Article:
Reactions in Solution

James Richard Fromm


When a chemical reaction takes place in a solution, the molar stoichiometry of the reaction taken together with the known concentrations of solutions permits quantitative calculations of the masses or volumes of the reactants and products.


Example. The reaction of Ag+(aq) with Cl-(aq) proceeds under most conditions stoichiometrically to give AgCl, which is only slightly soluble in water. We can compute the volume of 0.06 molar aqueous Ag+ solution required to react with 27.35 mL of 0.18 molar aqueous Cl- solution as follows. The chloride solution contains (0.18 mmol/mL)(27.35 mL) or 4.923 mmol of chloride ion. Since the overall balanced reaction is:

Ag+(aq) + Cl- rarrow.gif (63 bytes) AgCl,

there will be 4.923 mmol of silver ion required as well. This will be contained in (4.923 mmol)/(0.06 mmol/mL) or 82.05 mL of the silver ion solution.


Solution concentrations are sometimes specified as ionic concentrations, as in the example above, because only one ion is of concern in a particular experiment. It is more common to specify the concentration of a solution in terms of a salt, such as NaCl or BaCl2, if the solution was actually prepared from the salt. The molar concentration of a solute ion will be equal to the concentration of the solute salt only if the salt dissolving is a 1:1 salt such as NaCl. A solution which has a molar concentration of 0.1 in BaCl2, however, is 0.1 molar in Ba2+(aq) and 0.2 molar in Cl-(aq) because two moles of chloride ions are released upon dissolution of one mole of solid BaCl2.


Example. We can compute the volume of 0.045 mol/L aqueous Ag+(aq) solution required to react with 10.41 mL of 0.156 molar aqueous BaCl2 solution as follows. The chloride solution contains (2)(10.41 mL)(0.156 mmol/mL) = 3.248 mmol Cl-(aq) and therefore (3.248 mmol)/(0.45 mmol/mL) = 72.18 mL of aqueous Ag+(aq) solution required.


When solutions are prepared by mixing other solutions and a chemical reaction takes place, both reaction and dilution must be taken into account. This is done by establishing the moles of reactants present in each solution and the moles of products present in the final solution, using the balanced chemical reaction. The volume of the final solution is taken as the sum of the volumes of the original solutions, which is quite accurate for dilute solutions in the same solvent. When concentrated solutions (above about 1.0 molar in water, for example) or solutions in different solvents are mixed, the actual final volume should be measured.


Example. We calculate the molar concentrations of the ions when 75 mL of 0.10 molar aqueous KCl are mixed with 25 mL of 0.25 molar aqueous Na2SO4 as follows. The total volume can be taken as 75 mL plus 25 mL which is 100 mL. The amount of K+ ion present is (0.100 mmol/mL)(75 mL) = 7.5 mmol. The amount of Cl- is likewise 7.5 mmol. The amount of SO42- is (0.25 mmol/mL)(25 mL) = 6.25 mmol. The amount of Na+ ion is twice that of sulfate ion, since

Na2SO4 rarrow.gif (63 bytes) SO42-(aq) + 2Na+(aq).

The molar concentrations are therefore K+(aq), 75 mmol/L; Cl-(aq), 75 mmol/L; SO42-, 62.5 mmol/L; and Na+(aq), 125 mmol/L. No reaction has occurred and only dilution need be considered.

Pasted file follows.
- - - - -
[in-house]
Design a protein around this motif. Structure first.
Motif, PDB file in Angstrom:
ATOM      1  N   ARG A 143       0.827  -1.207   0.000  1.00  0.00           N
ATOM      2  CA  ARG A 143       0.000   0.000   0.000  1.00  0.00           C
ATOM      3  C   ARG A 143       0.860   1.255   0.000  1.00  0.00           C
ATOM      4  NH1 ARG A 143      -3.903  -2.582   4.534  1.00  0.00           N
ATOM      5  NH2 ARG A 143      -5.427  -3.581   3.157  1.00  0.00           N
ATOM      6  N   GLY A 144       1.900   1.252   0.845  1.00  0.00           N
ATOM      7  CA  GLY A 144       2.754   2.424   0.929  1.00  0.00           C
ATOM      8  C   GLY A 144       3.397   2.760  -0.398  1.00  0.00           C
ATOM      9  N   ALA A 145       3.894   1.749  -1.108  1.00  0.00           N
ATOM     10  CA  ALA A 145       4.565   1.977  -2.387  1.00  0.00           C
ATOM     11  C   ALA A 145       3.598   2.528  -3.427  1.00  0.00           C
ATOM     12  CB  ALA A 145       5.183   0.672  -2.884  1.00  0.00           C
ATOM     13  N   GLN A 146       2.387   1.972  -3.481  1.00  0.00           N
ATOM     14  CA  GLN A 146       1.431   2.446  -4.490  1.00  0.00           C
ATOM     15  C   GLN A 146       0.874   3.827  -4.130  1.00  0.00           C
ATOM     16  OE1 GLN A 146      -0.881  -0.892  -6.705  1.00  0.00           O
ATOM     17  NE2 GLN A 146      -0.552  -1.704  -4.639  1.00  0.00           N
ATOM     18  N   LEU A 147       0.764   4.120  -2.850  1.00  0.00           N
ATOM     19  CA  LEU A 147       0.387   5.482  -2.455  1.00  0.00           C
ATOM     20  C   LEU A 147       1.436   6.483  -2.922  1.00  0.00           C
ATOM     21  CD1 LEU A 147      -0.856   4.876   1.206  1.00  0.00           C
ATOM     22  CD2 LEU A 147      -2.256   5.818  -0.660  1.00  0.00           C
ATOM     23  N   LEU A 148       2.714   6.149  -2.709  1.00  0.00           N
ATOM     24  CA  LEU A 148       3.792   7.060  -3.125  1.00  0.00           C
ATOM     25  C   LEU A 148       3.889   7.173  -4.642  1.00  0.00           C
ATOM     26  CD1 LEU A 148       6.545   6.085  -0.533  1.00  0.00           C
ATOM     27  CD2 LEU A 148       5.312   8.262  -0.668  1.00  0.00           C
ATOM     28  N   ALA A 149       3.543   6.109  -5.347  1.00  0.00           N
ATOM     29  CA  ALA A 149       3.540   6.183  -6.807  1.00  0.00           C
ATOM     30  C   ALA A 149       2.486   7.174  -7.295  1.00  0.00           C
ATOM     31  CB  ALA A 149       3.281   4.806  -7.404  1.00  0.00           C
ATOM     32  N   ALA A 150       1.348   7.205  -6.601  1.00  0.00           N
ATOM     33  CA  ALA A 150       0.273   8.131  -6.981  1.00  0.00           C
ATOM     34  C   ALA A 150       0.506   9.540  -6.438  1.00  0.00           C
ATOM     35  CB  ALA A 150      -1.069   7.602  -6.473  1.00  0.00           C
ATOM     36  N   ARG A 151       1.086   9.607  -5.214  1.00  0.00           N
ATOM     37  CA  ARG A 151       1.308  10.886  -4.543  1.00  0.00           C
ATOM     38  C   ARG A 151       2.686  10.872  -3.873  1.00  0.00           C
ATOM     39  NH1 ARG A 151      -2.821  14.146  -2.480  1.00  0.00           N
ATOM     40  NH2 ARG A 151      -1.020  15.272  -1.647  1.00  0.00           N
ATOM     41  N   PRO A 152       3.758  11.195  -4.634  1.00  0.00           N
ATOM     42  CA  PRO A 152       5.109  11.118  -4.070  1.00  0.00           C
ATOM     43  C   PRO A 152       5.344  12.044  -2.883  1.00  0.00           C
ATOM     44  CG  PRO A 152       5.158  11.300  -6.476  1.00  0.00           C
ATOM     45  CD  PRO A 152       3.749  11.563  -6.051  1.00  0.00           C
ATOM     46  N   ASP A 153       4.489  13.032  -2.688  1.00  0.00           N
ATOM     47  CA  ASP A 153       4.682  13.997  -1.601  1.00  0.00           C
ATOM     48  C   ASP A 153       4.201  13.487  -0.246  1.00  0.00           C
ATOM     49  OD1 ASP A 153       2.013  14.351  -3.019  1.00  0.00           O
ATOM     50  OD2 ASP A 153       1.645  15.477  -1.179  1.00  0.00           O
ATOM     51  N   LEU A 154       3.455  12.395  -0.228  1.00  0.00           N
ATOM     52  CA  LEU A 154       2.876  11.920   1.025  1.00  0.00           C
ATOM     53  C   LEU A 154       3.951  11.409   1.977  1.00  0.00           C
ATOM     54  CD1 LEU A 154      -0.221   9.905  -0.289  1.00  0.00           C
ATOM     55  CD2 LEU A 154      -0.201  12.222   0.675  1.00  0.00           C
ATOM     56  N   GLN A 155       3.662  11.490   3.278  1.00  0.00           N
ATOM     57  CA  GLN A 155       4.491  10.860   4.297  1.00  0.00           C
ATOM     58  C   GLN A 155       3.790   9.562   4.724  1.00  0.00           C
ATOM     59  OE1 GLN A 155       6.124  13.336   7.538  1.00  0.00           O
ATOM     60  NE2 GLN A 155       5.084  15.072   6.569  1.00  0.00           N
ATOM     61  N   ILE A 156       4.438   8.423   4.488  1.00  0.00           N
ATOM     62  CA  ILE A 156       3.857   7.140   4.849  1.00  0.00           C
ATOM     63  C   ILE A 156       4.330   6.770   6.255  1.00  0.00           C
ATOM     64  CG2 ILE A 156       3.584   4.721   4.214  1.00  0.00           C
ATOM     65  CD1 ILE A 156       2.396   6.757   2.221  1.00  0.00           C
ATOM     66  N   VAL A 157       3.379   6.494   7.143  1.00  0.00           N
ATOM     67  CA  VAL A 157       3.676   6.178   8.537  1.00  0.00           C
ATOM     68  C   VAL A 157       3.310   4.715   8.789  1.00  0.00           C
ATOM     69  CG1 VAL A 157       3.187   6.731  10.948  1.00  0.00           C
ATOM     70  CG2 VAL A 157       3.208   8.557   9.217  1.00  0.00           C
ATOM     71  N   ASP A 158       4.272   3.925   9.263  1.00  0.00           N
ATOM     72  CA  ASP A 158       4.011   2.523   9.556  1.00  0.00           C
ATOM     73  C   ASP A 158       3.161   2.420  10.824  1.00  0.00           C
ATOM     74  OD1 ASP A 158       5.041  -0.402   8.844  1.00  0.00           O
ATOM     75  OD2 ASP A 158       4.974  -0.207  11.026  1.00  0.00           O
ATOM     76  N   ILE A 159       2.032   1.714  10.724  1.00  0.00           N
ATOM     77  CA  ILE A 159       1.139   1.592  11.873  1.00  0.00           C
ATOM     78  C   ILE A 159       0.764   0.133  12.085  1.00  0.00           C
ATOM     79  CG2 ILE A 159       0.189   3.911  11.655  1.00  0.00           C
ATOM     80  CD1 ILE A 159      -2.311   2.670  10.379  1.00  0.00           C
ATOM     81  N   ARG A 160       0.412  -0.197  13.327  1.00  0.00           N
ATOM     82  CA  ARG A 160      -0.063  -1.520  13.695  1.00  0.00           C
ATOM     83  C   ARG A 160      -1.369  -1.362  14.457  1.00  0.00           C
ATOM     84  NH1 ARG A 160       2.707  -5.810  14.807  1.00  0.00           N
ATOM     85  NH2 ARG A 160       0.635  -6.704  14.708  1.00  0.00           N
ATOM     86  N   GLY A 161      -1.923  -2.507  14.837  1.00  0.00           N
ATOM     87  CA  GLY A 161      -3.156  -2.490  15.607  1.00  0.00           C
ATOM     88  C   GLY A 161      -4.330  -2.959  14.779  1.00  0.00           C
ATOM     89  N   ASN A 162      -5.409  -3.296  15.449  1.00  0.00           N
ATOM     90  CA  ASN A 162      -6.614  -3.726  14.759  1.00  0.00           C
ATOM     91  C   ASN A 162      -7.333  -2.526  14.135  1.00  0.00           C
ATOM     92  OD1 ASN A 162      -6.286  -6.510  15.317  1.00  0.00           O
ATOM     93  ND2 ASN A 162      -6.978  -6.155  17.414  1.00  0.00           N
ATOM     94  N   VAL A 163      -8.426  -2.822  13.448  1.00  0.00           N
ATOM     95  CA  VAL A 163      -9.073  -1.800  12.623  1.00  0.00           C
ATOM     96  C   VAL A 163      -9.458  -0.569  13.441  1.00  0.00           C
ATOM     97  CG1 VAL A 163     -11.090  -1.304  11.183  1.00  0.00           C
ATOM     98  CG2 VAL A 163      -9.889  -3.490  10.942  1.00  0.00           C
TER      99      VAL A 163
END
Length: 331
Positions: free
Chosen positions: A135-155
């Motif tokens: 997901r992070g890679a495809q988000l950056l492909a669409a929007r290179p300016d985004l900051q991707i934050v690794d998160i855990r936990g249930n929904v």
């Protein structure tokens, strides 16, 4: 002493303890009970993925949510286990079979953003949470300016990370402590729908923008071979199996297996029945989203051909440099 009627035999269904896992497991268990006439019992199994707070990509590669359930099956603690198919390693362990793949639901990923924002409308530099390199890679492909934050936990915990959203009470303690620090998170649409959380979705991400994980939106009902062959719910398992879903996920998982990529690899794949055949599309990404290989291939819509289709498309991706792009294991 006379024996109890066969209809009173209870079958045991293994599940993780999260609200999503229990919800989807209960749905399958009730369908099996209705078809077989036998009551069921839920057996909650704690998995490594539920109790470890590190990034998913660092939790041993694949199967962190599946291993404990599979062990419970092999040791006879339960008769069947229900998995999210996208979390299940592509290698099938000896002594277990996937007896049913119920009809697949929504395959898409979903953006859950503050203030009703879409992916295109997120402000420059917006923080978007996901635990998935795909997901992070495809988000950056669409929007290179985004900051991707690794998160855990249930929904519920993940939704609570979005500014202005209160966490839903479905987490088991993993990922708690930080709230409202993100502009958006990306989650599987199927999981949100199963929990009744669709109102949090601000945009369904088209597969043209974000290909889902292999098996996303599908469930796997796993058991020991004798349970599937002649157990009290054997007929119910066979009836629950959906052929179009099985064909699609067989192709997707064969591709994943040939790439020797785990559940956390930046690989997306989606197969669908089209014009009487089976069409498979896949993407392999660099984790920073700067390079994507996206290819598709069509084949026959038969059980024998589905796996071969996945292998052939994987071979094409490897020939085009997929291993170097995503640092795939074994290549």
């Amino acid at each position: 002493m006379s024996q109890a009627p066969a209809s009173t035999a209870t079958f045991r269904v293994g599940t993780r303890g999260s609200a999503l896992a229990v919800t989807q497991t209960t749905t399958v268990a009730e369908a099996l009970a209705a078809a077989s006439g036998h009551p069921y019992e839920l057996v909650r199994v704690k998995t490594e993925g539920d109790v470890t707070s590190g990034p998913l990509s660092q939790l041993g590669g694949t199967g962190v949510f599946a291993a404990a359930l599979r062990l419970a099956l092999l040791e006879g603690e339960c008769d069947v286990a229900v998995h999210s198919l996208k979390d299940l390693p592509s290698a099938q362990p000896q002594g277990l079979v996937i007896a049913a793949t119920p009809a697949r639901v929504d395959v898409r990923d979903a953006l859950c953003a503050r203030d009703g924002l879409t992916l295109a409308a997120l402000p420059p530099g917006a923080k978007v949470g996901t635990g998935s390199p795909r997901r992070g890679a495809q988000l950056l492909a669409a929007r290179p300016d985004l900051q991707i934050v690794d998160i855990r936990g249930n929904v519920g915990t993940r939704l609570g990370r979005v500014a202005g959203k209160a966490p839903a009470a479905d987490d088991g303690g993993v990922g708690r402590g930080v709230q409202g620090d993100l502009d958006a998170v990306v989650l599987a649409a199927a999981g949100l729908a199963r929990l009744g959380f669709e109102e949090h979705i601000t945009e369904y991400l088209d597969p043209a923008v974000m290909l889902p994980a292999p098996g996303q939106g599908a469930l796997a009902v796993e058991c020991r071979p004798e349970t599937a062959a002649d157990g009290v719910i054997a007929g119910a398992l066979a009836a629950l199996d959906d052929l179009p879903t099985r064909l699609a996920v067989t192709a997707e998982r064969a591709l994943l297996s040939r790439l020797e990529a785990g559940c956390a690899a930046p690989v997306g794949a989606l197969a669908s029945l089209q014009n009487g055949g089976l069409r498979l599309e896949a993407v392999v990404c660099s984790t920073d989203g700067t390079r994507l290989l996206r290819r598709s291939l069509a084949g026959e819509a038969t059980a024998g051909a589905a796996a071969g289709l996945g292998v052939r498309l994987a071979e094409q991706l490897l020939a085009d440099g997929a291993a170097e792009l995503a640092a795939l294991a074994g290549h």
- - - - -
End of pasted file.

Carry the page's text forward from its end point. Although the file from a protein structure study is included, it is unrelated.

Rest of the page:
Example. We calculate the molar concentrations of the ions when 63 mL of 0.14 molar aqueous NaCl are mixed with 41 mL of 0.30 molar aqueous sodium sulfate as follows. The total volume can be taken as 63 + 41 = 104 mL. The amount of chloride ion present is (0.14 mmol/mL)(63 mL) = 8.82 mmol Cl-(aq). The amount of sulfate ion present is (0.30 mmol/mL)(41 mL) = 12.30 mmol SO42-(aq). The amount of sodium ion present is (0.14)(63) + (2)(0.30)(41) = 33.42 mmol Na+(aq). The molar concentrations are Cl-(aq), 84.81 mmol/L; SO42-(aq), 118.27 mmol/L; and Cl-(aq), 321.35 mmol/L. There is no reaction between any of the ions but there are two sources of sodium ion.


Example. We calculate the molar concentrations of the ions when 57 mL of 0.46 molar aqueous NaCl are mixed with 74 mL of 0.51 molar aqueous AgNO3 as follows. The reaction between Cl-(aq) and Ag+(aq) can be assumed to be stoichiometric. The resulting slightly soluble AgCl can be assumed to be removed from the solution by precipitation as the solid. The total volume can be taken as 57 + 74 = 131 mL. The original amount of Na+(aq) is (0.46 mmol/mL)(57 mL) = 26.22 mmol and none of it is removed by reaction. The original amount of NO3-(aq) is (0.51 mmol/mL)(74 mL) = 37.74 mmol and none of it is removed by reaction. The original amount of Cl-(aq) is 26.22 mmol and the original amount of Ag+(aq) is 37.74 mmol. The limiting reagent is Cl-(aq), since a 1:1 stoichiometry is found in the balanced overall reaction. After reaction the amount of Cl-(aq) remaining is essentially zero, while the amount of Ag+(aq) remaining is 37.74 - 26.22 = 11.52 mmol. The final concentrations of the species after reaction are Na+(aq), 0.20 molar; NO3-(aq), 0.288 molar; Ag+(aq), 0.0879 molar; Cl-(aq), essentially zero.


The volumetric glassware shown in the following Figure is often used in chemical manipulations involving stoichiometric solution reactions. The pipet is used to transfer precisely known volumes of liquids from one container to another. The buret is used to deliver a precisely measurable volume of liquid into a container. These, together with the less precise graduated cylinder, are among the essential tools of any chemist.


Copyright 1997 James R. Fromm